Of all the things in the book, I am the least concerned about the house. I could walk it in my sleep. But I still feel like sitting at a house like that is useful. And finding one the right age is tricky.

On an unrelated note, I haven’t forgotten about October. I just don’t have anything terribly cool lined up for ye olde blog. I do, however, have a couple of uncool things, I think.

Back to the Black Book

If you want an illustration of how Ashland is going, I set aside my baby blanket after a gross miscalculation about how much yarn I would need and started an old-fashioned granny square, something that would sit in my hands and require no thought.

Reports from my readers are coming in and, I swear, even when you say to yourself, “Yeah, something’s not quite right here and here and here but I can’t figure out what it is” and then you say “Hey, guys, can you help me?” when they say “Yeah, something’s not quite right here and here and here and I think it’s this and this and this,” my immediate reaction is “Why does everyone hate me and think I suck?” Like, seriously. At this point, having been through this a few times, I know the feeling will pass. But it’s ridiculous.

I’m going to say that, in a way, I kind of get the Puppies. Not in the slating or the cozying up to that Nazi, but I get the massive amount of pouty hurt that they run around with. I feel that same pouty hurt. I totally get the impulse to say “Well, why can’t my shitty thing be good enough? Lots of shitty things are good enough! Fuck it! My shitty thing is good enough and I will destroy everyone who says it isn’t!”

Plus, that approach has its victories. It’s satisfying.

Whereas, the thing I have to do now is not satisfying. It’s scary. I have to crack this thing open and fix a lot of things. And, at the end of all that work, there’s no guarantee that it will be good enough.

That sucks and, like I said, is scary. But that’s the way to get to where I want to go.

So, I’m moving the black book full of notes back into my purse and I’m back to mulling and mulling and making granny squares with my hands so my mind can focus on other crap.

There Was a Secret Society in the Secret Society

This story about these folks who cracked this 250-year-old code is really, really neat. And that they might have been a secret-society front for the Masons is even neater.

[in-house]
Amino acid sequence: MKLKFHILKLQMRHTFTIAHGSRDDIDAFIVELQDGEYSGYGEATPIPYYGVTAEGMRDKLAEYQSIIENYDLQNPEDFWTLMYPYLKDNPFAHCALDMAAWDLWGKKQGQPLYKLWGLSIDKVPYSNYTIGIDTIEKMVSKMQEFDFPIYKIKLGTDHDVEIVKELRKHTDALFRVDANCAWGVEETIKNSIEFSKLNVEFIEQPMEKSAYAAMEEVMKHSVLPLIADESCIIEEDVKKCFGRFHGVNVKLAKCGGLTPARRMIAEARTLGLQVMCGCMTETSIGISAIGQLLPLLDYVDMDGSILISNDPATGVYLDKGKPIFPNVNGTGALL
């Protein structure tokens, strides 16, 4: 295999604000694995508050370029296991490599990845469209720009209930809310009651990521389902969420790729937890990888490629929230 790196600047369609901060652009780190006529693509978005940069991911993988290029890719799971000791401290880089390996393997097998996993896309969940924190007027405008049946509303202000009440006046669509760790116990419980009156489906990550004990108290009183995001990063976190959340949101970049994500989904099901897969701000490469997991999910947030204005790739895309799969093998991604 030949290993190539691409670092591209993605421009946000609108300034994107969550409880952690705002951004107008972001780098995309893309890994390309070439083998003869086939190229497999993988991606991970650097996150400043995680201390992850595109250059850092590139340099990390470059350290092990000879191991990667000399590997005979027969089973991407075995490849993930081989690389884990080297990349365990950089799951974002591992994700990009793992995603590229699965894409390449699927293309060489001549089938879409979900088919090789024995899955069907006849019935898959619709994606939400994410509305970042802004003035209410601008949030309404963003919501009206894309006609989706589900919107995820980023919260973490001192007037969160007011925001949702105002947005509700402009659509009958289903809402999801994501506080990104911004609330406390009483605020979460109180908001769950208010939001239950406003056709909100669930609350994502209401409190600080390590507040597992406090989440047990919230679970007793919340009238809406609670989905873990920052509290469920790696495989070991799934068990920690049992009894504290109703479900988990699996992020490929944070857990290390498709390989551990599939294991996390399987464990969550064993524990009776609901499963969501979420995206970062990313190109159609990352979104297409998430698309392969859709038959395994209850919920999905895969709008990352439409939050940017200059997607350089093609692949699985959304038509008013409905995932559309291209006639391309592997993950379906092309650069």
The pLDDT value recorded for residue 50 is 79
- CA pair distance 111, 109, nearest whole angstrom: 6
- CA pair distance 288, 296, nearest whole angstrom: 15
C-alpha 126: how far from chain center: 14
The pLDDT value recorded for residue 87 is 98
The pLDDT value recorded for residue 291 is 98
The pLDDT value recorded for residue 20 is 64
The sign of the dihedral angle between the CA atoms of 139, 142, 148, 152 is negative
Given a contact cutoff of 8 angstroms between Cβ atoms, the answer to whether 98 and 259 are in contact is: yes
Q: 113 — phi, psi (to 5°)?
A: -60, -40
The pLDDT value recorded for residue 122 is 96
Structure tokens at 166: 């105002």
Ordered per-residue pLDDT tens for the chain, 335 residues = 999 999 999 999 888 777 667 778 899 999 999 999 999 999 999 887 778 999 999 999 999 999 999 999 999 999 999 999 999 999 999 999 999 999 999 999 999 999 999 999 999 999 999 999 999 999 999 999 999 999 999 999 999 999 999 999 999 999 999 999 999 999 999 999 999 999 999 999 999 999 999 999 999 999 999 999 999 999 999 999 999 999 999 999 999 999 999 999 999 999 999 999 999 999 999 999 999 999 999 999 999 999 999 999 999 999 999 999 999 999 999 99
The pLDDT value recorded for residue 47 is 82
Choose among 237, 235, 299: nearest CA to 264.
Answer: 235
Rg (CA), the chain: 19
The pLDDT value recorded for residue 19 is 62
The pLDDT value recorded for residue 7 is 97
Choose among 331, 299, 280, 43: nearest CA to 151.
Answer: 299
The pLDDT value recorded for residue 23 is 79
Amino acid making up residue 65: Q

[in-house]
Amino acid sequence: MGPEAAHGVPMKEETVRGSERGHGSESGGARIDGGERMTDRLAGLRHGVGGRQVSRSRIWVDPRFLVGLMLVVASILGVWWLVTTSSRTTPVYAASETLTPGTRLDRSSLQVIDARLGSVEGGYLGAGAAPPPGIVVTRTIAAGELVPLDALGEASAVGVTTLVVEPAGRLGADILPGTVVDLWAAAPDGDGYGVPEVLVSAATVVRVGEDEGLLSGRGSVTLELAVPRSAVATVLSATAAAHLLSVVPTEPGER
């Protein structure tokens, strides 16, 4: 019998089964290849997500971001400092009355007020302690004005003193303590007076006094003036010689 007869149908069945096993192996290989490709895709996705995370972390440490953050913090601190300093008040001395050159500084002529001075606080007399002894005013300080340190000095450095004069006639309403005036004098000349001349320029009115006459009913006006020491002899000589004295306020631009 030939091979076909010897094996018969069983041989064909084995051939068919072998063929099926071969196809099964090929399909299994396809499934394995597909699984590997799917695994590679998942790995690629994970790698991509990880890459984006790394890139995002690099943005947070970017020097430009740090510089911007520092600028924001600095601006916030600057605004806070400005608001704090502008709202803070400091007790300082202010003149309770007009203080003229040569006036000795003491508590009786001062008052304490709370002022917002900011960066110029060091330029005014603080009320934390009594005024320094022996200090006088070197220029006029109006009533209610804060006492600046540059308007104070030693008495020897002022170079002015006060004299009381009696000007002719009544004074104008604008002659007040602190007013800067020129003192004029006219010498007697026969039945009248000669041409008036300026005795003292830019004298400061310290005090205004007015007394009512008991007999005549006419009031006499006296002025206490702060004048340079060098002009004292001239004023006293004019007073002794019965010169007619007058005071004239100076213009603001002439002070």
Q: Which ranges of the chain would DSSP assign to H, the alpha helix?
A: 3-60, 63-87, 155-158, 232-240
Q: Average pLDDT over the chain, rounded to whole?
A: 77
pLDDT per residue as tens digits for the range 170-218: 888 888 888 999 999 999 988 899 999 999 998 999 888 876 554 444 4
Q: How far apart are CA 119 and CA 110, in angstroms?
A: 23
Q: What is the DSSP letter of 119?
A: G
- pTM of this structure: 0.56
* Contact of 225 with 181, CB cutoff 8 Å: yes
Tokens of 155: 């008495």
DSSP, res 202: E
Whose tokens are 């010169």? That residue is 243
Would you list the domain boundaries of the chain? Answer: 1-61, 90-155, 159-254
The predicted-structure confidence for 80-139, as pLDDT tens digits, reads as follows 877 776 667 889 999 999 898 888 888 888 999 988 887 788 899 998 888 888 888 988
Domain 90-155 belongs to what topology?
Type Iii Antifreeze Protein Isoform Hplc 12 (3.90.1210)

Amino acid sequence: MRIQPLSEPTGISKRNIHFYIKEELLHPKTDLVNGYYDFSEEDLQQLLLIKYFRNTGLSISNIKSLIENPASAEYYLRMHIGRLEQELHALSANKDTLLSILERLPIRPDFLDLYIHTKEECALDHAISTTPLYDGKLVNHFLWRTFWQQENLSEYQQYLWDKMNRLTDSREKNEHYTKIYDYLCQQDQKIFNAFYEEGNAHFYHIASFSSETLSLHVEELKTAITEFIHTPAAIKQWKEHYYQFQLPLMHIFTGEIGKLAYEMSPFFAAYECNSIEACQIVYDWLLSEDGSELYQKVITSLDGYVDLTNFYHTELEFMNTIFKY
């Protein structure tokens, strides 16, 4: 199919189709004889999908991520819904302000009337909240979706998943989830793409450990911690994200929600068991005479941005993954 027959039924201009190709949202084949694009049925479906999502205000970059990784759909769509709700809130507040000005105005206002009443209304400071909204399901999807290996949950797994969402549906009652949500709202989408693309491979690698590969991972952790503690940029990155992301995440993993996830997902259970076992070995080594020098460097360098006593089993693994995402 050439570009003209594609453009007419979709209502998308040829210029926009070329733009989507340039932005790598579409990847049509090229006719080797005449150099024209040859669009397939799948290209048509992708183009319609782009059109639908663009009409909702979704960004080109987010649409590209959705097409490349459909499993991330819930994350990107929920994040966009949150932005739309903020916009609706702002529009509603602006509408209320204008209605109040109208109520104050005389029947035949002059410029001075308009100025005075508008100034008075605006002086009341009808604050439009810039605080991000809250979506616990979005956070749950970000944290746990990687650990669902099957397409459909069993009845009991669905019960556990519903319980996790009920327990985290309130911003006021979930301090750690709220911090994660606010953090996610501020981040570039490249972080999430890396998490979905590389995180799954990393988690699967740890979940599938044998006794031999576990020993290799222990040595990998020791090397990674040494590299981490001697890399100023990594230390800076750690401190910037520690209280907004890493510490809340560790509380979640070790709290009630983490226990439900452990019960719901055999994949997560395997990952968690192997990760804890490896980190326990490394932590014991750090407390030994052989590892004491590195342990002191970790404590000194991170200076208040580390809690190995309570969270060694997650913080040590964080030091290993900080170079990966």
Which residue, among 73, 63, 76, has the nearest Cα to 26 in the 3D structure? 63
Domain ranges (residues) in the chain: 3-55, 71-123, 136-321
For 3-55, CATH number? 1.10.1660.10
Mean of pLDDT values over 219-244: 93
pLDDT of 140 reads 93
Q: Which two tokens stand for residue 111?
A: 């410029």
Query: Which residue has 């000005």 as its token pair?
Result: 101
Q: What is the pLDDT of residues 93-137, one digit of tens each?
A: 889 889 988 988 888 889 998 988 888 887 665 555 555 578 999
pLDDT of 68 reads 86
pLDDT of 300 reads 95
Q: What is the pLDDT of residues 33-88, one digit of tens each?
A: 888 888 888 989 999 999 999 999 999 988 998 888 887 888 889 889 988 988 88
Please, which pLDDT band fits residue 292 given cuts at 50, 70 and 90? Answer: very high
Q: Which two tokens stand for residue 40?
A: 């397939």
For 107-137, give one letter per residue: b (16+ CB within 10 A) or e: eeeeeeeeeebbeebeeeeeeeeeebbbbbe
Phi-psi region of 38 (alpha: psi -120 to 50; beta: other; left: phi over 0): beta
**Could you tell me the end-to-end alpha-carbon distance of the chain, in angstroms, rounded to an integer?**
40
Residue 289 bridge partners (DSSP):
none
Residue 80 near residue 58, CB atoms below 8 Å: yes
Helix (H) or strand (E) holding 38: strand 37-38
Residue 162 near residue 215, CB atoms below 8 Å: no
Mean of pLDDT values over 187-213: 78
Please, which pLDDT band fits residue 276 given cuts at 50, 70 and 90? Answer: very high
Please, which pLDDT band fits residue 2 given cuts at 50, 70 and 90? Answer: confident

One nice thing about living in Tennessee is that I might, indeed, someday have to join a secret society in order to talk about dangerous ideas like “my vagina is not your property” and “I like smart people.” I already have the rest of the members of my order picked out.

Two Things Have Happened–One Semi-Expected and One Not

  1. I am teaching the dog to come when he’s called, specifically so that I can put a leash on him for our walks. This has been somewhat frustrating, because he just so steadfastly refused to get it for so long, but also, I thought, if there was anything he was going to get, it was coming when he was called to the leash because he and I both enjoy walks. We needed just to make it from one happy scenario–running around the back yard like a wild man–to another happy scenario–going for a leashed walk–with the transition being he came when he was called. The reward–the walk–was built into the problem. It has taken some time, but he seems to now have it down. Today, I said his name and “let’s put on your leash” and he came right over to me so I could put on his leash. Score one for us.
  2. After our walk, I was putting away something in the yard while Sonnyboy was lollygagging in the garage. I came back from the shed and he was no longer in the garage. I looked over to the neighbor’s and there he was. I said “Okay, [his real name], come here.” Once! I said it once! And he did. And I died. And I am writing this to you from dog heaven, where dogs come when they’re called and get leashes for walks like pros. Okay, maybe it wasn’t quite that dramatic. But I at least think, after two long years, either he has kind of learned his name or he at least is like “Oh, that girl is making noises. This could be interesting.” Either one is okay with me.

There’s a Reason You Let Chili Simmer

I was so hungry last night that I whooped up some chili and we ate it. Skipping the part where it simmers for a half an hour or an hour or an afternoon or four freezing days or however long.

And it was… interesting. You’d eat a bite and it would be bland. Then another bite would be very salty. Then another that would be a different kind of spicy. And then there’s a big clump of tomato paste.

It was still tasty, but we laughed. It will be delicious tonight.